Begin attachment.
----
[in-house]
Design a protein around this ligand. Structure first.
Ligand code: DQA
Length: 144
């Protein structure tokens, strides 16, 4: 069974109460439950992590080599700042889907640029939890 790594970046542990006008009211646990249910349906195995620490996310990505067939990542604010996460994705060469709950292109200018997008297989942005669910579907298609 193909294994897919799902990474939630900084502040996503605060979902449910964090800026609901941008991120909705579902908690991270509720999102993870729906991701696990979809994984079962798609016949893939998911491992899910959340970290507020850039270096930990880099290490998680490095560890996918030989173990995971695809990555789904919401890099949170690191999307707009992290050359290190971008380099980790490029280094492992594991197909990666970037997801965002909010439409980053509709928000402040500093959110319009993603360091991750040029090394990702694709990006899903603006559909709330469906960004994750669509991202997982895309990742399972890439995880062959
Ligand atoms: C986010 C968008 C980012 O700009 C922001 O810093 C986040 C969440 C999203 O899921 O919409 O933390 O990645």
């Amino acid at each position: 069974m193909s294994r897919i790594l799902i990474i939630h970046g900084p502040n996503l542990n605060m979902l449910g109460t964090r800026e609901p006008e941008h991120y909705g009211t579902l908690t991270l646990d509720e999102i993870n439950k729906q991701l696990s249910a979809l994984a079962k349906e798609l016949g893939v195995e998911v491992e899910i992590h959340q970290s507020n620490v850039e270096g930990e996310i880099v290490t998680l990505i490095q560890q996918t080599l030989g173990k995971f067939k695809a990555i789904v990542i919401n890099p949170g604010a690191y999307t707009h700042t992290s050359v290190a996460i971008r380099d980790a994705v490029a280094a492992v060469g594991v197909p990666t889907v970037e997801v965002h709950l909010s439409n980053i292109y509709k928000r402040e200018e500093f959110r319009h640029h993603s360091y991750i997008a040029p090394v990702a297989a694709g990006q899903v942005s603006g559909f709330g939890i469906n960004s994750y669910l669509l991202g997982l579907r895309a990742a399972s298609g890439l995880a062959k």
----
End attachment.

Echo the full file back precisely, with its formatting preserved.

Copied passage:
[in-house]
Design a protein around this ligand. Structure first.
Ligand code: DQA
Length: 144
């Protein structure tokens, strides 16, 4: 069974109460439950992590080599700042889907640029939890 790594970046542990006008009211646990249910349906195995620490996310990505067939990542604010996460994705060469709950292109200018997008297989942005669910579907298609 193909294994897919799902990474939630900084502040996503605060979902449910964090800026609901941008991120909705579902908690991270509720999102993870729906991701696990979809994984079962798609016949893939998911491992899910959340970290507020850039270096930990880099290490998680490095560890996918030989173990995971695809990555789904919401890099949170690191999307707009992290050359290190971008380099980790490029280094492992594991197909990666970037997801965002909010439409980053509709928000402040500093959110319009993603360091991750040029090394990702694709990006899903603006559909709330469906960004994750669509991202997982895309990742399972890439995880062959
Ligand atoms: C986010 C968008 C980012 O700009 C922001 O810093 C986040 C969440 C999203 O899921 O919409 O933390 O990645």
């Amino acid at each position: 069974m193909s294994r897919i790594l799902i990474i939630h970046g900084p502040n996503l542990n605060m979902l449910g109460t964090r800026e609901p006008e941008h991120y909705g009211t579902l908690t991270l646990d509720e999102i993870n439950k729906q991701l696990s249910a979809l994984a079962k349906e798609l016949g893939v195995e998911v491992e899910i992590h959340q970290s507020n620490v850039e270096g930990e996310i880099v290490t998680l990505i490095q560890q996918t080599l030989g173990k995971f067939k695809a990555i789904v990542i919401n890099p949170g604010a690191y999307t707009h700042t992290s050359v290190a996460i971008r380099d980790a994705v490029a280094a492992v060469g594991v197909p990666t889907v970037e997801v965002h709950l909010s439409n980053i292109y509709k928000r402040e200018e500093f959110r319009h640029h993603s360091y991750i997008a040029p090394v990702a297989a694709g990006q899903v942005s603006g559909f709330g939890i469906n960004s994750y669910l669509l991202g997982l579907r895309a990742a399972s298609g890439l995880a062959k």